Oh geeze, more Internal crap – but bear with me. If you are not fond of discussions of the “Internal Arts”, you may find this heartening. Likewise, if you are all up in that “Internal” stuff, you might gain a little insight.
I was talking with a Danzan Ryu Jujitsu friend of mine and the topic of “Internal Arts” came up. He does not like the term or the concept that much. I have always tried to keep an open mind on it, having seen my Sifu do things that are difficult to explain. By the same token, I have always tried to analyze the concept in an attempt to provide a more mechanical, if not scientific, way of viewing the subject.
One problem with the “Internal” aspects of an art such as Wing Chun, is the term itself – Internal. To the layperson, or even a somewhat seasoned practitioner, it conjures up concepts of magic, hidden powers. The term forces us to look inside themselves. Our mental focus turns inward. Moreover, by default the term creates its counterpart, “External”. We immediately begin to separate position, movement, and technique as being outside of ourselves. Strength becomes “external”, while a good, relaxed hit requires some of that “internal” magic. The term, “Internal” breaks us apart into separate beings – the external practitioner, and the internal Super Saiyan.
I have begun to think of the Internal Arts along the lines of an open awareness. We cannot separate ourselves from our techniques. Our techniques and actions are responses to external stimuli. If we have trained well, we know which techniques to use in response to a given action by our opponent / partner. Correct that – we should not “know” – it should just happen. That comes from repeated training.
However, there is more to it than that. If we train well, we build up a sense of how we move, where our center of gravity is, where it should be headed, and where our momentum is heading. On a higher level, we can almost instinctively determine where the opponent’s CG and momentum are, and where they are going.
It begins with self-awareness. You know where your nose is, where your hands are, where your knees are, though an inherent system called proprioception. Through this perception, your brain can sense your body and all its parts, as well as their movement through space. We also have the vestibular system, which controls our balance and spatial orientation – are you standing or laying down. Proprioception tells you where your hands are, which includes the condition of your elbows and shoulders, as they would control where your hands are in relation to you. It does not concern itself with up or down in the world itself. Proprioception is your relationship with you.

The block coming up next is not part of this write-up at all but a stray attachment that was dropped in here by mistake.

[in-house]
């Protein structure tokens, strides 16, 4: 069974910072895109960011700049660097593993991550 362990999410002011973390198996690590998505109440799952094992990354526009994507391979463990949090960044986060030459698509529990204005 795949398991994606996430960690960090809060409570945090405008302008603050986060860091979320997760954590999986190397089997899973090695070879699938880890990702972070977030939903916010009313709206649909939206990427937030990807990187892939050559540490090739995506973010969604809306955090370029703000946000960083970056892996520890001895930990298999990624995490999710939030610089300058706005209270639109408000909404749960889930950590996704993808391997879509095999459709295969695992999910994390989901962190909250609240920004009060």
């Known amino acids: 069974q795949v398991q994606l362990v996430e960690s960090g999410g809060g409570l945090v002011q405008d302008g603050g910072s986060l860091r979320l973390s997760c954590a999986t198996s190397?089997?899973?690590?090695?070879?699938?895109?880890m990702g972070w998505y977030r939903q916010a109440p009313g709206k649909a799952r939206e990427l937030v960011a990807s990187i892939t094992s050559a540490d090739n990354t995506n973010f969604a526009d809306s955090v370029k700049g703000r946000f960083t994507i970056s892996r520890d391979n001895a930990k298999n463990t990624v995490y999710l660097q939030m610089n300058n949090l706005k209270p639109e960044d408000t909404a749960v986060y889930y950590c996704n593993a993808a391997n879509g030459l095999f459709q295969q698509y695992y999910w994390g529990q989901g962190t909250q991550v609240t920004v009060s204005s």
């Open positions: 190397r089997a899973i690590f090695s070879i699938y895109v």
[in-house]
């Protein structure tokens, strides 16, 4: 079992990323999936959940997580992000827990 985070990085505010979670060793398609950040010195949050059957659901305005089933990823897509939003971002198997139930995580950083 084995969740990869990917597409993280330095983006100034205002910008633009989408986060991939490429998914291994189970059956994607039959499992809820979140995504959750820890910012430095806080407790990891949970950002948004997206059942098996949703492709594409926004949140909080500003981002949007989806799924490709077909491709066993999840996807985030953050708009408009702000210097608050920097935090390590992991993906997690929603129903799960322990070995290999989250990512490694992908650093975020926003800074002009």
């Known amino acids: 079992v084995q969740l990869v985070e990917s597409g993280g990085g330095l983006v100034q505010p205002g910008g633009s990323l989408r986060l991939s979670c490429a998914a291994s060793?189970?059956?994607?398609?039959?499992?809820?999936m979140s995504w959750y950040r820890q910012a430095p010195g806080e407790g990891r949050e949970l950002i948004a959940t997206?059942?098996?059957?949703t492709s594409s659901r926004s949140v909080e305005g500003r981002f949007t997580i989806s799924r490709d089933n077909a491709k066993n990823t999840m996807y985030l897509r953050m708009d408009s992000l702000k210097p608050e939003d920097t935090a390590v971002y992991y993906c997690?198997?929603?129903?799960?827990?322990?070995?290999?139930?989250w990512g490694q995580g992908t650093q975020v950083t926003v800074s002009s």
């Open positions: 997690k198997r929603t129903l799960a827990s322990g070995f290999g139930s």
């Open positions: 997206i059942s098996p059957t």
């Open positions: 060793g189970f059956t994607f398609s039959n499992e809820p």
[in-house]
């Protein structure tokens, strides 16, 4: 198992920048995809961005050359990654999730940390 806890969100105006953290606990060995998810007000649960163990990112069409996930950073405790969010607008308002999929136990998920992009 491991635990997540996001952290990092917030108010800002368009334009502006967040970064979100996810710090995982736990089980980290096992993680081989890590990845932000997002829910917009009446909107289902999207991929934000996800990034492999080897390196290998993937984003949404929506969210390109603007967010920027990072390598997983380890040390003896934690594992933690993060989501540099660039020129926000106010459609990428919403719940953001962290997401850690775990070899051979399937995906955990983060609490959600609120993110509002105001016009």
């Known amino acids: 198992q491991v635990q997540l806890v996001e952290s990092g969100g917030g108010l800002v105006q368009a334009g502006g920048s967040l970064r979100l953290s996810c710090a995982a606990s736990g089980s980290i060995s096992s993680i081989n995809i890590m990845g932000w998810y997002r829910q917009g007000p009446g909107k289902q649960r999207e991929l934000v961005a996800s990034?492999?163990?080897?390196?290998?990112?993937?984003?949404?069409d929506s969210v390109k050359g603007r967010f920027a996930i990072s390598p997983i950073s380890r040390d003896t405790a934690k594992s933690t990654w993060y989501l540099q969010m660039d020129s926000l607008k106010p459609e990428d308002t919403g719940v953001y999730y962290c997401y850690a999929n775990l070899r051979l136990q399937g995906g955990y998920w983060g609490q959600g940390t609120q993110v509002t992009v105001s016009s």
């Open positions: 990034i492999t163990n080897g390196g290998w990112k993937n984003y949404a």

When I discuss this, I often bring up an old Steve Martin movie, Dirty Rotten Scoundrels, where Steve plays an inept with a poor proprioception / kinesthesia coordination. When dining, his forks are capped with corks, because he tends to miss his own mouth a lot. Something most of us do not do. It should be noted, proprioception and kinesthesia are not quite the same. Kinesthesia is learned muscle memory of body position and location, such as eye-hand coordination. Kinesthesia is important in the martial arts. The techniques and drills we learn are Kinesthetic. The more we do them, the faster, and more fluid they become.
The open awareness I am talking about is a combination of Proprioception, Kinesthesia, and environmental awareness. Some might call it The Third Eye, but that throws in all sorts of spiritual concepts. Understanding where our body parts are, and their movement through space, is how we develop our eye-hand coordination. Proprioception leads to Kinesthesia. Repeated practice provides us an awareness of our center of gravity and the momentum we want to produce. At some point, this open awareness extends beyond ourselves. We use our understanding of self to extrapolate the center of gravity and momentum of the opponent. We develop a keen awareness of distance, for one thing.
I recently had students work a series of kicking drills designed to keep an advancing aggressor at bay – to stop their forward movement. There are a host of techniques, push kicks, the Muay Thai “Teep”, sidekicks to the knee, et al, the techniques do not matter. The first goal for the student is to learn when to fire the weapon. They need to develop a sense of their position (proprioception) and their kinesthesia so they know when to begin the technique. To do that, they need to calculate the advancing movement of the opponent through space in relation to themselves so they know when to pull the trigger. Kick too soon and they miss the target altogether. Kick too late and the opponent / partner can overrun the kick – no momentum is delivered. I overheard one partner ask the other, “Are you counting squares?” referring to the tile squares of the matt floor. I had to quickly jump in.